This area is perhaps the most reminiscent of New Zealand with its rolling hills, lush forests and grazing cattle but there are two key differences. The wildlife here is loud and insistent. It is loudest at daybreak, and as night falls. Since the sun rises around 4.30am, don’t be surprised if you get woken by the kookaburras cheerful laugh or maybe a family of parakeets or cockatoos. Dusk brings out the persistent chorus of frogs and cicadas.  

There are some beautiful tourist routes through the Glasshouse mountain range and the Blackhall mountain range. The road takes you up over ridges and views are spectacular. In many places the road follows the ridge and there are beautiful views across both sidesThere are lots of pretty and interesting communities to explore. Landsborough is the historical centre of the region with a thriving little museum. Visit the Gossip café across from the station and try their range of sparkling organic drinks that include lemon myrtle either alone or combined with ginger or peppermint Maleny has been a quiet farming community but the town has blossomed and the small group of shops has become quite busy. People come in from miles around for the organic produce or the eclectic little markets in the steep little lane behind the main shops.Mary Cairncross Park is at the northern end of the aptly named Mountain View Road and is a good place to stop on your trip. The view of the Glasshouse Mountains is spectacular from here. Each mountain stands alone as if some huge hand has randomly dropped them across the valley and at the entrance to the park there is a handy sign to explain which one is which. There is a café that sells café food and cold drinks including the local organic range. The park is staffed by volunteers and they have created a lovely display in the entrance buildings. Keep your eyes open because as well as Brush Turkeys and other colourful and noisy local birds there is a community of Pademelons living there. These delightful creatures are a tiny form of Wallaby with rat like heads and large bouncy hind legs. They come quite close to visitors and are not too shy. But don’t feed them. Australians are very keen to keep their ecosystem in balance and there are signs in most of the parks advising against feeding the local wildlife.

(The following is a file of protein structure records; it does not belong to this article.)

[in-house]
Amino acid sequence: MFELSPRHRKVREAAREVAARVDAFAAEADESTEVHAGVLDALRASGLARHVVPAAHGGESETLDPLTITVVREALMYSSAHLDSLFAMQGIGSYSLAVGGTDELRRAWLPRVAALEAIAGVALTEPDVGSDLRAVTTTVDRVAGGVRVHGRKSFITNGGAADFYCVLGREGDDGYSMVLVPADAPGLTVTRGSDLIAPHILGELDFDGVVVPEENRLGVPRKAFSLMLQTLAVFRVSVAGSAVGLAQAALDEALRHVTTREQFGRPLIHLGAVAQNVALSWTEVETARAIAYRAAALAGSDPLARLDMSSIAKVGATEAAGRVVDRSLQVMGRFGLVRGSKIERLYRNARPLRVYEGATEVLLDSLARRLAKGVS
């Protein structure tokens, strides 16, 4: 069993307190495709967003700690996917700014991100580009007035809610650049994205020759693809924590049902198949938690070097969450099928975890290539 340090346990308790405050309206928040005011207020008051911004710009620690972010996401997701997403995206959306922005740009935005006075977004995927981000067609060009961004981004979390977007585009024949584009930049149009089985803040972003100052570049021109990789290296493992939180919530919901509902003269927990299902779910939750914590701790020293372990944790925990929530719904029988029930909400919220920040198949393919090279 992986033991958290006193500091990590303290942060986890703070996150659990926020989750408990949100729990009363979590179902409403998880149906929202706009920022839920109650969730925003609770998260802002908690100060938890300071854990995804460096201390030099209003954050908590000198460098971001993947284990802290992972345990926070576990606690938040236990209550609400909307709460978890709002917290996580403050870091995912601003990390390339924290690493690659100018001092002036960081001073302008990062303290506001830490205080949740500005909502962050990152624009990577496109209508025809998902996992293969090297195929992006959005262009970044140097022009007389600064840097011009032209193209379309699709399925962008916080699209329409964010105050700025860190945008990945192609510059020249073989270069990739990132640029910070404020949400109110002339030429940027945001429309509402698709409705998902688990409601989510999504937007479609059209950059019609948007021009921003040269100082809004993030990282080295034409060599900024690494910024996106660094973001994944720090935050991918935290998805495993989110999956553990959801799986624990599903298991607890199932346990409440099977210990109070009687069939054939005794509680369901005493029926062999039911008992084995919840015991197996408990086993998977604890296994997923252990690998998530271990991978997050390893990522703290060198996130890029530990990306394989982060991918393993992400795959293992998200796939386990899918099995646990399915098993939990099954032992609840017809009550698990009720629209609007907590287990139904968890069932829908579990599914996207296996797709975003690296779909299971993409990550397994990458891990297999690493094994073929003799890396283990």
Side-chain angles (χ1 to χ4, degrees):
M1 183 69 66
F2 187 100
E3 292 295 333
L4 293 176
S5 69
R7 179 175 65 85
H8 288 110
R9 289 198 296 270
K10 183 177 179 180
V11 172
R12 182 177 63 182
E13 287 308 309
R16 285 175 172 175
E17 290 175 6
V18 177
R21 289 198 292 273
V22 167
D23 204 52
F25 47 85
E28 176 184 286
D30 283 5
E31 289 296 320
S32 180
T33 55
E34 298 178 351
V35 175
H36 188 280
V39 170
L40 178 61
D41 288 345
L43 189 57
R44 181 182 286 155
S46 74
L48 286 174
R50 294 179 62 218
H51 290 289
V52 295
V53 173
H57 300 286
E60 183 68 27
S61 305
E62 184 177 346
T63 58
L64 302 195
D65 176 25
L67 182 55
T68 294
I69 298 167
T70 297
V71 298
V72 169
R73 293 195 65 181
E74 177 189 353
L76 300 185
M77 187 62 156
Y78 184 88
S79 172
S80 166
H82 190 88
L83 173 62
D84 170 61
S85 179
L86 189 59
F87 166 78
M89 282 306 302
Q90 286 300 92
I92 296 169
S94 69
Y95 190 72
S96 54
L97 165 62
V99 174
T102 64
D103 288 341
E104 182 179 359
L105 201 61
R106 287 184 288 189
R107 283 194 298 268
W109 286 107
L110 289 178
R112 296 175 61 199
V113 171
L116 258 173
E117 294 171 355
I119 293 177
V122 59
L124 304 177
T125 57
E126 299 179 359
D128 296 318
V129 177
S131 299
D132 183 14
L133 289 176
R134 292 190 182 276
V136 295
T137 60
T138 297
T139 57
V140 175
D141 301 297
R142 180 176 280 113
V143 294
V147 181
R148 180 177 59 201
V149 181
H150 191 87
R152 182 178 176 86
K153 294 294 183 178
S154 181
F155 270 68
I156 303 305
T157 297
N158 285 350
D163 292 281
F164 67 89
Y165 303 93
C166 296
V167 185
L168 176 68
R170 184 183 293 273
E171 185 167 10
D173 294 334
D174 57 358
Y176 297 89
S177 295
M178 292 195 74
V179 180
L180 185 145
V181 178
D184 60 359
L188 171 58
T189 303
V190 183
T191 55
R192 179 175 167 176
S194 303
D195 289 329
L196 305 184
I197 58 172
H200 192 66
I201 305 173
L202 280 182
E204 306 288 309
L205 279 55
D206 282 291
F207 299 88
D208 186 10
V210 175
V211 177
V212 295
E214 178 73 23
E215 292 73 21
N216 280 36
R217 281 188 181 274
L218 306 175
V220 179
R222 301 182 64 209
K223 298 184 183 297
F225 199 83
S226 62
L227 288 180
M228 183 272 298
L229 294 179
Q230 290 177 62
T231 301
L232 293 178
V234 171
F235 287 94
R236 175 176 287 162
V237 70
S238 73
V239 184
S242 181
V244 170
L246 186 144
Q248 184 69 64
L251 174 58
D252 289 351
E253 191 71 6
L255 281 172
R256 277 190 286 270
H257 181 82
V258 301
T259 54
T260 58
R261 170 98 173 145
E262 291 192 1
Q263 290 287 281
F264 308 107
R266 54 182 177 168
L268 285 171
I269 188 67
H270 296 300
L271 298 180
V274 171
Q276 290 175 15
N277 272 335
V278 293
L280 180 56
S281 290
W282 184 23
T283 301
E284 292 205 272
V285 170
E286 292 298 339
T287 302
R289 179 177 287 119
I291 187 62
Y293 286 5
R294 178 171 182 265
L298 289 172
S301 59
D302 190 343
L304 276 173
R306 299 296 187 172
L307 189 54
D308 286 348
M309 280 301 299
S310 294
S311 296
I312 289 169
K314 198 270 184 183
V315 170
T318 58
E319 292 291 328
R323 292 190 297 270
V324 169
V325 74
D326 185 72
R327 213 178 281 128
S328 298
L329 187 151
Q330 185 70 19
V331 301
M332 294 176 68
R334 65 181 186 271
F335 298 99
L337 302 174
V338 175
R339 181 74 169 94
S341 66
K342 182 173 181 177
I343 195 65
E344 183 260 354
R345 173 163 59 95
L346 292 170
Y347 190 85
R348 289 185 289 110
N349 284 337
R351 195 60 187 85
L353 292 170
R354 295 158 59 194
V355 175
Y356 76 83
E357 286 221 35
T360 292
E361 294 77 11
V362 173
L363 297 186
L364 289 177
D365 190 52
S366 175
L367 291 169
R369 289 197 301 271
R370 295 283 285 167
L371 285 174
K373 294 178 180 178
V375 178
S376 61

Montville is a delightful touristy spot with very English inspired buildings. The shopping here is eclectic with lots of antique and craft displays and stores selling local art. The view from the café at the top is worth a trip alone. You can see right across the valley to the sea many miles away. It definitely feels like the top of the world and the afternoon teas are delicious.

There is lots to discover in the hills behind the Sunshine Coast so take a GPS or a good map and set off and explore.

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6. Brisbane City